“It is time the people know the truth,” read a grave and troubling report from the subcommittee on the judiciary of the U.S. Senate.
That truth? That the United States had been infiltrated by foreign agents, who exerted their influence on national politics and elections. They underwrote propaganda, co-opted reporters, and even financed the acquisition of an entire newspaper published, eerily, in the shadow the U.S. Capitol. This nest of agents “undertakes and sees by these secret methods to control party nominations, party machinery, whole political parties, and thereby control the Government of State and Nation,” the report concluded.
The year was 1919. The transgressors? A dozen to 15 brewers doing the bidding of the German Empire.
The investigation began sometime earlier, when it was brought to the attention of several senators, including Lee Slater Overman (whose name is the literal German translation of the name Übermensch), who represented North Carolina between 1903 and 1930. He created what would be called the Overman Committee to look into allegations that a cadre of German immigrants or their descendants, all linked to brewing, were acting in ways more faithful to the Fatherland than to the United States.
When the investigation started, the Great War had been gradually consuming the European continent, triggered by the June 1914 assassination of Archduke Franz Ferdinand, heir to the throne of the Austro-Hungarian Empire. America had been largely content to watch from the sidelines as foreign powers duked it out. But German ambition grew, and when their submarines started targeting U.S. merchant ships, American reserve shifted to American resolve.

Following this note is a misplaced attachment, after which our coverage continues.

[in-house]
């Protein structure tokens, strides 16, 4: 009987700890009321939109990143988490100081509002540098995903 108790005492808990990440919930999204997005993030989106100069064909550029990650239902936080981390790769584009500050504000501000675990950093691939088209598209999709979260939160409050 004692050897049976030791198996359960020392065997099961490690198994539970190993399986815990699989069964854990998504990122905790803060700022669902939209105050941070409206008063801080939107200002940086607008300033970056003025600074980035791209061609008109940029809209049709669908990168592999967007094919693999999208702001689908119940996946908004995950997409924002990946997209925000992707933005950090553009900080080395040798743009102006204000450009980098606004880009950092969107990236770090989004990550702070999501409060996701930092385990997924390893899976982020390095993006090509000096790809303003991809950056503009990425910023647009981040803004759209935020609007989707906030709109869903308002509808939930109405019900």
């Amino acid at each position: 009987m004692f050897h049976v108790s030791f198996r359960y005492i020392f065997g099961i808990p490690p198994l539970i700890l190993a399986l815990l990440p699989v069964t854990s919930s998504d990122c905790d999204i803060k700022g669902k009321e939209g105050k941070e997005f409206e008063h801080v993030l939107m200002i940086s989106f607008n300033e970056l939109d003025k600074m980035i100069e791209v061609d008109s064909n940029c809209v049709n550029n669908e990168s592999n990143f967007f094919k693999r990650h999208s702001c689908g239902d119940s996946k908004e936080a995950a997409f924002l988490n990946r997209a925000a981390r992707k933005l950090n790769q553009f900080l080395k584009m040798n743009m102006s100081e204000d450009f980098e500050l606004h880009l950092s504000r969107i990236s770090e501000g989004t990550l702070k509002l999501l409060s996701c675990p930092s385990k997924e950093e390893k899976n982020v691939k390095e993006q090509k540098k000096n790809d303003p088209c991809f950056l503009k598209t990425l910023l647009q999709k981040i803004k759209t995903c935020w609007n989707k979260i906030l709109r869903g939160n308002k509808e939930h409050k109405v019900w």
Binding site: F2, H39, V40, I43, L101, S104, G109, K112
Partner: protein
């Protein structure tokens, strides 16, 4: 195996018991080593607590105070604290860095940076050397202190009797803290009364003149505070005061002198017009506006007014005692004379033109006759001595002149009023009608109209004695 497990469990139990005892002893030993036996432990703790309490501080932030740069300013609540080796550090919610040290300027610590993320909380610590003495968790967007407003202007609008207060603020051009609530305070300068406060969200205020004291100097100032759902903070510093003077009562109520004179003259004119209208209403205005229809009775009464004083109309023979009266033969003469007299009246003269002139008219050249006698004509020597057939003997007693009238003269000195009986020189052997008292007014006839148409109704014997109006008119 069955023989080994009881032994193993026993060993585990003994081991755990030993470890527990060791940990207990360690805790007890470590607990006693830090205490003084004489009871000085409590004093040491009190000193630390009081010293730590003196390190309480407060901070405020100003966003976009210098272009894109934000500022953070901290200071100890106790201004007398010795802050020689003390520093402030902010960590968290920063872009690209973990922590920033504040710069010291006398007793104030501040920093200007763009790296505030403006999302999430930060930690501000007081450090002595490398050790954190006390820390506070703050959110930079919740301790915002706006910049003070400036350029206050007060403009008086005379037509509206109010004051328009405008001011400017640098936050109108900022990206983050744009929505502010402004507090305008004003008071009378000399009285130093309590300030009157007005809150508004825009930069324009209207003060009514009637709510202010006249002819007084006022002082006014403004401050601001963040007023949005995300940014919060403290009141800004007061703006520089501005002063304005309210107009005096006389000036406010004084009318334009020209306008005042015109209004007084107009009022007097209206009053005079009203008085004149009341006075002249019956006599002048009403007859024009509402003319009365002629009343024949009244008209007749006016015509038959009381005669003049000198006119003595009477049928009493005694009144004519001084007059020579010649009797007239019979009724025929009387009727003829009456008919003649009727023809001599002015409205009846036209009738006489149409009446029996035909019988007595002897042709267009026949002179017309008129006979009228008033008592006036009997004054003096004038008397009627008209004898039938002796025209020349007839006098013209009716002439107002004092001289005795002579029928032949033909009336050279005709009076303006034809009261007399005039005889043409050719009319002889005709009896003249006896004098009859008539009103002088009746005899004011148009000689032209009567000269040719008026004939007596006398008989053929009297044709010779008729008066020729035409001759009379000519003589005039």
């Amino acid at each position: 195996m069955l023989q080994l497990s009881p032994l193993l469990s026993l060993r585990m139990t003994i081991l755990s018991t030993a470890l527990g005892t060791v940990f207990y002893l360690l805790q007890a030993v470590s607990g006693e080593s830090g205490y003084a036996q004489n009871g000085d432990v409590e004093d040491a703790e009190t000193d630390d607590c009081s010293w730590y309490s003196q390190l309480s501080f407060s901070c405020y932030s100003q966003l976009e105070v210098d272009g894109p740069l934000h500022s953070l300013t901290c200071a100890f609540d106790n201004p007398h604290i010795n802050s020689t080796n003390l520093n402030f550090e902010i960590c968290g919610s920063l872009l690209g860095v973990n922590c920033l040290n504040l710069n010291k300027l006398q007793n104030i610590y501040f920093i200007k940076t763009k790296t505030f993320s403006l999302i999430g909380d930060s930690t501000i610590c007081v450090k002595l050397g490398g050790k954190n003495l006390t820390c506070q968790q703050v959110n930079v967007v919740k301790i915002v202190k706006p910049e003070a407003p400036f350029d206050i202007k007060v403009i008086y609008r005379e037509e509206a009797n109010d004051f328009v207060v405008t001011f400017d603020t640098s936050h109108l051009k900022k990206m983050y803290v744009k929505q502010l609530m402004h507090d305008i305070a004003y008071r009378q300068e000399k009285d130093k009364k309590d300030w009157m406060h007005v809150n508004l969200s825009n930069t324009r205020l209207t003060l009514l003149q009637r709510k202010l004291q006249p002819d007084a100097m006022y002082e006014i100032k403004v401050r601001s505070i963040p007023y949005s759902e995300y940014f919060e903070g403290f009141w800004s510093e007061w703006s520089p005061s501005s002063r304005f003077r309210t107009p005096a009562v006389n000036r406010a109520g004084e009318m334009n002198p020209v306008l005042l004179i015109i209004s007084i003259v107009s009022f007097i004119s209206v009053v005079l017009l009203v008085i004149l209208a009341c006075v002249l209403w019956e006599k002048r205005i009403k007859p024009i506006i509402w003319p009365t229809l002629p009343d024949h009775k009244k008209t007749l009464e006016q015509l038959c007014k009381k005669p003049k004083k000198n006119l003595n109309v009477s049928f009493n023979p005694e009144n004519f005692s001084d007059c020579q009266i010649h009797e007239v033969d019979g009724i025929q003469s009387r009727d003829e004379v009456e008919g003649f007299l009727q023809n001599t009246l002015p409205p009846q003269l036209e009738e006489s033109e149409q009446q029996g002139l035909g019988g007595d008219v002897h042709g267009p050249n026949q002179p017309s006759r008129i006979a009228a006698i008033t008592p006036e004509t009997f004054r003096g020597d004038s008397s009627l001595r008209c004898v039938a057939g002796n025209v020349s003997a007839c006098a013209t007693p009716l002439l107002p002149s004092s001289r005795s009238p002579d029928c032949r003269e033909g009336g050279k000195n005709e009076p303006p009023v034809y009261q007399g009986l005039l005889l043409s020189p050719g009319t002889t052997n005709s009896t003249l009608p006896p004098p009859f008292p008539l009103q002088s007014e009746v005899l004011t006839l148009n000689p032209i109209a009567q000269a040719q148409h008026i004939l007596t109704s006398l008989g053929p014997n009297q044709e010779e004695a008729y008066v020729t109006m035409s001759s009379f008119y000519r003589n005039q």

Among those opposed to that resolve, however, were many German-Americans, who happened to be among the most numerous immigrants in the waves of 19th-century arrivals from Europe. (Immigrants from Germany had grown from 1.3 million in 1860 to nearly 3 million in 1890. The 1910 census estimated that one-tenth of America’s population had German roots.) Germans and their progeny also maintained a strong national identity—in 1890, there were more than 1,000 German-language newspapers published in America. An estimated 1,200 German-language social clubs with a membership of 2 million were known to exist, including Sons of Herman, a secret organization likened to the Masonic fraternity.
And much of the beer America drank was made by these German immigrant families. German brewers had brought with them longstanding brewing know-how and traditions (including a preference for lager over ale). Those who had established themselves in the mid-19th century (and often in the Midwest) found themselves beneficiaries of rapid advances in refrigeration and transportation, which abetted the rise of national brands while squeezing out local brewers. Among those who came out on top: Pabst (1844), Schlitz (1849), Anheuser-Busch (1852), Miller (1855), and Coors (1873).
When America finally declared war on Germany in April 1917 (and on Austria-Hungary in December), the loyalty of German-Americans was instantly cast into deep shadow (as would the Japanese after Pearl Harbor, and Muslims after 9/11). In August 1918, the “Alien Property Custodian”—a federal officer—seized the estate of prominent brewer Gottfried Krueger, an 80-year-old who had immigrated from Germany in 1852. Starting as an apprentice brewer, he had eventually amassed ownership of four breweries in Newark, New Jersey. He returned to Germany later in life, and was thus considered an enemy of the state and his property seized.
In September, two other brewers—Christian W. Feigenspan, also of Newark, and George Ehret, of New York—were accused of being active in undermining America by helping finance the purchase of the Washington Times by Arthur Brisbane, a suspected socialist. (“Conspiracy Between Agents of Kaiser and German-American Brewers,” read one alarmist headline.) If Brisbane was a socialist, he wasn’t a very good one; he flipped the paper several years later, selling it to William Hearst, presumably for a tidy profit.
The Senate committee outlined the ways in which “twelve or fifteen” German brewers, in league with the United States Brewers’ Association, had become “a vicious interest because it has been unpatriotic, because it has been pro-German in its sympathies and its conduct.”